At Quartz, Atlantic Media’s business news site, it leads to a near-deconstruction of the traditional news story into its constituent parts — inverted pyramids traded for standalone charts, intriguing data nuggets, and other highly sharable chunks of information. At the ever-growing BuzzFeed, it leads to lots of stories in listicle form, expressive animated GIFs where text used to be, and headlines optimized for clicking. At NowThis News, a social video startup, it means news updates as short as six seconds and a visual aesthetic that recalls MTV in 1983.

This too is healthy. The newspaper article, the television package — these are forms born in and tied to their medium, and too much of the first 20 years of the news web was spent pouring old wine into new wineskins. In 2013, we saw a lot of old formats inch closer to feeling indigenous to the web; witness the transformation of many longform pieces from grey text into multimedia, browser-native experiences.

As has been the case at every step of the digital news transition, there will be awkwardness and missteps along the way. Those emotional Upworthy headlines rub a lot of people the wrong way — even in the moment they click on them. But take them as signs that online content is evolving in new ways, ways that traditional outlets will be able to learn from and that will lead to a healthier future for journalism.

Image of dengue virus by Sanofi Pasteur used under a Creative Commons license.

                                   
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Justin Ellis    April 23, 2014
“It feels like it’s a really nourishing and optimistic time to have conversations with publishers and to rethink how media should look online.”
  • Tim Wilson

    Thanks for the uplift from Upworthy. Here’s to old dogs getting really good at new tricks without forgetting where they were bred.

  • http://searchengineland.com/ Danny Sullivan

    Social media didn’t rise to take the place of search. That’s a common fallacy, and it’s really one that should be stomped out. It’s the rare publication that will find that its search traffic has dropped over the years.

    No, what’s usually the case is that social has emerged as an entirely new source of traffic alongside search and, which for some publications, may drive more traffic than search.

    But that didn’t mean search somehow went poof.

    Think of it as a pie of traffic. In the past, we have a 6 inch pie that was mostly full of search, maybe 75% of it was search. Social made that pie get bigger, maybe 12%. The “slide” of search as a percentage of the pie might be smaller, but that doesn’t mean the actual amount of traffic dropped.

    It’s also a terrible, terrible journalist who comes away thinking that SEO is “boring.” The core part of SEO is understanding how your audience is seeking your content and writing in the words they are searching for.

    If you’re writing a story about an important person, subject or concept and fail to use the words that your audience is seeking, you’re potentially missed that audience.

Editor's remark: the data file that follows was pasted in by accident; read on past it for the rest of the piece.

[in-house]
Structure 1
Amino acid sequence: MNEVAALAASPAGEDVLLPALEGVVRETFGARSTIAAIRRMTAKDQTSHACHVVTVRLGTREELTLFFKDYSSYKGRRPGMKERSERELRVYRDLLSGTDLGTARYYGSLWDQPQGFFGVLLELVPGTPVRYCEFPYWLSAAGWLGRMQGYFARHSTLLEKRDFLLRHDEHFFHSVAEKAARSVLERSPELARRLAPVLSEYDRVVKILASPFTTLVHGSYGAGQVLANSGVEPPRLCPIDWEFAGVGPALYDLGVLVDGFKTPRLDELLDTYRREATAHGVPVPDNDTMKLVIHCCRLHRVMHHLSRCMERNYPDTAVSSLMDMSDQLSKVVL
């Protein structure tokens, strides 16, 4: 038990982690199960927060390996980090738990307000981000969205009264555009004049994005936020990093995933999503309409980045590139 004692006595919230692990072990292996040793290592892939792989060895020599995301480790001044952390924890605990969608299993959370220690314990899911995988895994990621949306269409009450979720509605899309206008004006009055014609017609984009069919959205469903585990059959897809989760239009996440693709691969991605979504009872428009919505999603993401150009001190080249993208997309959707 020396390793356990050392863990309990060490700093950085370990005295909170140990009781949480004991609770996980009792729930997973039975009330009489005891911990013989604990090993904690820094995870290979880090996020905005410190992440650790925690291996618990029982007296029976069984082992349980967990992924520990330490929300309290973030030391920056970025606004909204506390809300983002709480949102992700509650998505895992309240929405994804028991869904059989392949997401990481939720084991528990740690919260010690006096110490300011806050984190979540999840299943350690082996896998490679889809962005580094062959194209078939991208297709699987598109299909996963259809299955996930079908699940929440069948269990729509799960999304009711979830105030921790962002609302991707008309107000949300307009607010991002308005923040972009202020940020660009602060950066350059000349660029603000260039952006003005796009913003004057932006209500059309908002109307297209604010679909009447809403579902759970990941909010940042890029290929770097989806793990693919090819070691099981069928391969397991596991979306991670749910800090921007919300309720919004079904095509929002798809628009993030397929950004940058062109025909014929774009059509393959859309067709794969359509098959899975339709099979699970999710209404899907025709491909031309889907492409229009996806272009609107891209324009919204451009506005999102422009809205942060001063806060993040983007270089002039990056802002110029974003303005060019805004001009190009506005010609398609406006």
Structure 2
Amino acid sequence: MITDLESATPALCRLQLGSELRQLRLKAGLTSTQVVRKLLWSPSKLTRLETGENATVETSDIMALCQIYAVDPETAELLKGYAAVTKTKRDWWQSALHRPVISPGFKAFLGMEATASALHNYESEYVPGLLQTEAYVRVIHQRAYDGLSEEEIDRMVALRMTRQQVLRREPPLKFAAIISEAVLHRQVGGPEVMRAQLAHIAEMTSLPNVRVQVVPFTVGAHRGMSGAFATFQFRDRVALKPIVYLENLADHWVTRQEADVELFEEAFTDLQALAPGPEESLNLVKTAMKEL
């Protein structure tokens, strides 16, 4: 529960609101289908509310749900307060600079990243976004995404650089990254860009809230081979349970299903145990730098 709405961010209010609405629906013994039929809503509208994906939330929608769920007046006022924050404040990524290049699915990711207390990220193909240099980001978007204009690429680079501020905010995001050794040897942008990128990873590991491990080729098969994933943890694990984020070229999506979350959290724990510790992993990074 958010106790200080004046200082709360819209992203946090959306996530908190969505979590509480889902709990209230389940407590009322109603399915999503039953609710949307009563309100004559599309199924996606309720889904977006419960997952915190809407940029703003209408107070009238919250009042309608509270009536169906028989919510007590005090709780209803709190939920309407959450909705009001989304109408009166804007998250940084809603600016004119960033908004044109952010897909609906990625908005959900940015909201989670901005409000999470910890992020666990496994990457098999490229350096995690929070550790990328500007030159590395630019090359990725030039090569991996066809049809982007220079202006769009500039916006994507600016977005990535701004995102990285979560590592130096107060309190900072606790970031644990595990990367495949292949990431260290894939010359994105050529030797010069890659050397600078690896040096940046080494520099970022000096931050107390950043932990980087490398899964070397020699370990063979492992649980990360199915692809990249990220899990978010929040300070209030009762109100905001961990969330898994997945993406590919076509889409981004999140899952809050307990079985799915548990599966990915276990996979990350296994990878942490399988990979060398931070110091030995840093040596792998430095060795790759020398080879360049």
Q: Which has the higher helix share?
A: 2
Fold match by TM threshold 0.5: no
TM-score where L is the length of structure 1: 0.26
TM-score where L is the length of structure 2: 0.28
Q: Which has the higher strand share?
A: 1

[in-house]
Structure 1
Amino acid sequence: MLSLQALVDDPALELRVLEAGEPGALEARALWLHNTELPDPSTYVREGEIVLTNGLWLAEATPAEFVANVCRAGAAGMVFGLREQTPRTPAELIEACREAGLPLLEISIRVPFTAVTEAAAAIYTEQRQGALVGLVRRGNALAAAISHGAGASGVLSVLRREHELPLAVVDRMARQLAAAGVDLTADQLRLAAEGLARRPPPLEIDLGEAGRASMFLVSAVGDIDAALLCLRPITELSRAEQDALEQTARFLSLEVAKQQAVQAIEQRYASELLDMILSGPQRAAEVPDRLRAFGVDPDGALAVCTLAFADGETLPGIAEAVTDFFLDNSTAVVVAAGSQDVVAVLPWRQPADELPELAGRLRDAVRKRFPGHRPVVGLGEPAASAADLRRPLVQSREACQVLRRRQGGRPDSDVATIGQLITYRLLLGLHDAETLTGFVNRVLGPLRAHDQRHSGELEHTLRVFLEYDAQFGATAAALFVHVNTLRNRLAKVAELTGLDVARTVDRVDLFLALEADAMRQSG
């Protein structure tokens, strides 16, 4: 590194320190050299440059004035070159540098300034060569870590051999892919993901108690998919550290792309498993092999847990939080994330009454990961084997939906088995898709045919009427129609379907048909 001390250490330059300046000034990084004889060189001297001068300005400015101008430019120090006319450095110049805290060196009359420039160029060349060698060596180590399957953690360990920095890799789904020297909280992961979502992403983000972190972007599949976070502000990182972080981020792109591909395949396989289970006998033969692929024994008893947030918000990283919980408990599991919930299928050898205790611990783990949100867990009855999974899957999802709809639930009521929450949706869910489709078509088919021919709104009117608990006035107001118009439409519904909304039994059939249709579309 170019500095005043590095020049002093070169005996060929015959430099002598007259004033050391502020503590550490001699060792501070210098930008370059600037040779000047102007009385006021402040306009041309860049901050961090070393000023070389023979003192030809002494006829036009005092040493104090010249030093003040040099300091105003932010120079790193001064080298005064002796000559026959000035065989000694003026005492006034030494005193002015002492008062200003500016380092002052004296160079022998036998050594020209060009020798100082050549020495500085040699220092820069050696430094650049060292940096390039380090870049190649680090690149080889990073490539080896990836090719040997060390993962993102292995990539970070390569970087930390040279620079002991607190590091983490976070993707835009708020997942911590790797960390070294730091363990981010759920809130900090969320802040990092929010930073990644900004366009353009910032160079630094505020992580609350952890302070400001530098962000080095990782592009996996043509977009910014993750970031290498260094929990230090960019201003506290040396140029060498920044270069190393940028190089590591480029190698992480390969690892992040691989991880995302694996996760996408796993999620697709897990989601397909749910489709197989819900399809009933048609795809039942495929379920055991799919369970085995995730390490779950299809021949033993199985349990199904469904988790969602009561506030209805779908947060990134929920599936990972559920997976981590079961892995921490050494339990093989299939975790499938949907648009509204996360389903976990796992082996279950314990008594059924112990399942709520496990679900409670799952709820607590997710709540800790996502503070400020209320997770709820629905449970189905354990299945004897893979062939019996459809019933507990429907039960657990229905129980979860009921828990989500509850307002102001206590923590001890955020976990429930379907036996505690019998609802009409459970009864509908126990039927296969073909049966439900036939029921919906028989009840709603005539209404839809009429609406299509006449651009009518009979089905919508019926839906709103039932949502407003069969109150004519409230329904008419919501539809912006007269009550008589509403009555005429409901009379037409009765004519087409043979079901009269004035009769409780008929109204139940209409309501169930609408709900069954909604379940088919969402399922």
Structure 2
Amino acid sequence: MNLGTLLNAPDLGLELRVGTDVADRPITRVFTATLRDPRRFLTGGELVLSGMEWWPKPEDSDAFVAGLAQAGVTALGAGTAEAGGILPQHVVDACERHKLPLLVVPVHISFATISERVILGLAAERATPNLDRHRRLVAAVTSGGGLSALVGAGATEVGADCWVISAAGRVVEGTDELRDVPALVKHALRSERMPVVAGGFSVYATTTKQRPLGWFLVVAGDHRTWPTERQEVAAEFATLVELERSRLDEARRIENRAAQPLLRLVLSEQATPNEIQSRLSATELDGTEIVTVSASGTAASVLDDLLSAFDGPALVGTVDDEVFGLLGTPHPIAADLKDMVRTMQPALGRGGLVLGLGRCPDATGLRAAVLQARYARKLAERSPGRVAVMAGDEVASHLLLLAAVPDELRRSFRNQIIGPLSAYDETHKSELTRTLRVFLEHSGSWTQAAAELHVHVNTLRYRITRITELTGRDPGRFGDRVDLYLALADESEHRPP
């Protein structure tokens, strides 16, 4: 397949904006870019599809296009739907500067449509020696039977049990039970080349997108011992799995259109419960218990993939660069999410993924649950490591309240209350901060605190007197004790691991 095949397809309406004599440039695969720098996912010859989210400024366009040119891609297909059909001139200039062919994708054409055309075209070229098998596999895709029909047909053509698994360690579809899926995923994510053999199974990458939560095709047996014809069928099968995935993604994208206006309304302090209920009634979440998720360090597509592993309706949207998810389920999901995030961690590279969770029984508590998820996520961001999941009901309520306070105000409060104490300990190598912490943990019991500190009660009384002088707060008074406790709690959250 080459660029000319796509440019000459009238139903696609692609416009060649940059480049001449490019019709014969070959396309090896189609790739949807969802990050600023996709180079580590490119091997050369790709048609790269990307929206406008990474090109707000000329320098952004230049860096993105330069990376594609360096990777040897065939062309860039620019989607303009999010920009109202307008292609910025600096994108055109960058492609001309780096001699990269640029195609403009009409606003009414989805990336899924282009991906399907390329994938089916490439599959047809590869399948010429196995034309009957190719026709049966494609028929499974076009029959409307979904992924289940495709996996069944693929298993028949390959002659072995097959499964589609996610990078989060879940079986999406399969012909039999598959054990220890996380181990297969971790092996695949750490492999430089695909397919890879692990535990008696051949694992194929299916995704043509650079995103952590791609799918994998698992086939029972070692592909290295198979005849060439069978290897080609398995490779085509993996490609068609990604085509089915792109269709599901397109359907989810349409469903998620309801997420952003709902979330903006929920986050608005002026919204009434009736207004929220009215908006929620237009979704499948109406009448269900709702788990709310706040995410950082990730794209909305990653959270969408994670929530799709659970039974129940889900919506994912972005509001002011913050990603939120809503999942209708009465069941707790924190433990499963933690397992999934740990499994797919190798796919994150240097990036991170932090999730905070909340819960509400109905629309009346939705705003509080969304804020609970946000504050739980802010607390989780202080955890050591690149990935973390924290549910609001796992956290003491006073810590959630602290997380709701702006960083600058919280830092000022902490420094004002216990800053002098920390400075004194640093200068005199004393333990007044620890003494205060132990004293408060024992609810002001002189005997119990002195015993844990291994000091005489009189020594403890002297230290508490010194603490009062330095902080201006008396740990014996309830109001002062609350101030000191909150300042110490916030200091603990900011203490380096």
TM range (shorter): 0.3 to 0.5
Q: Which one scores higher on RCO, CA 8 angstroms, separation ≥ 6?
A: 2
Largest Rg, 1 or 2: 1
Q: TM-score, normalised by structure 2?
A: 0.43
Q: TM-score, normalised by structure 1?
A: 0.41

But hey, if people want to think that it’s all about the “you won’t believe” headlines and you can ignore search, there are plenty of search-savvy publications that will gladly take their traffic — along with the social traffic, too. Because you don’t have to be exclusive to one or the other.

  • http://www.niemanlab.org/ Joshua Benton

    Danny, I don’t disagree with anything you’re saying. But a few thoughts:

    — In most news organizations I know of, SEO gets less emphasis than it used to. Part of that is because the lessons they’ve learned over the past few years still work — they don’t need to keep relearning them. Part of that is that news orgs are putting more emphasis on social and, as a share of *organizational effort* (if not a share of *traffic*), social is up and search is down.

    — I think there’s a broad perception in news orgs that social traffic is *more valuable* than search traffic on a pageview-by-pageview basis. If I’m a business selling widgets, I love search traffic, because that’s coming from people specifically searching for widgets — likely with an intent to purchase. But if I’m a news site, a reader “converting” likely doesn’t mean “reader purchases widget.” It means “reader signs up for our daily email,” or “becomes a repeat visitor,” or “signs up for our paywall,” or “follows us on Twitter.” For that kind of a “conversion,” social traffic is more likely to align the user’s interest and what the news org can provide. In other words, search traffic is still quite substantial, but I think most news orgs value it less than they used to.

    (There are, of course, exceptions, e.g. Demand Media and others with similar strategies.)

    — It’s also just a matter of momentum. Social is growing rapidly. Search didn’t go poof, but it isn’t growing at the same rate as social, which is why it gets more emphasis.

    But your points are very well taken. (Although I do still think that a news web optimized for social rather than for search is one I prefer. It’s not an either/or world, but I think social’s ascendancy has, on net, been better for journalism than search’s.)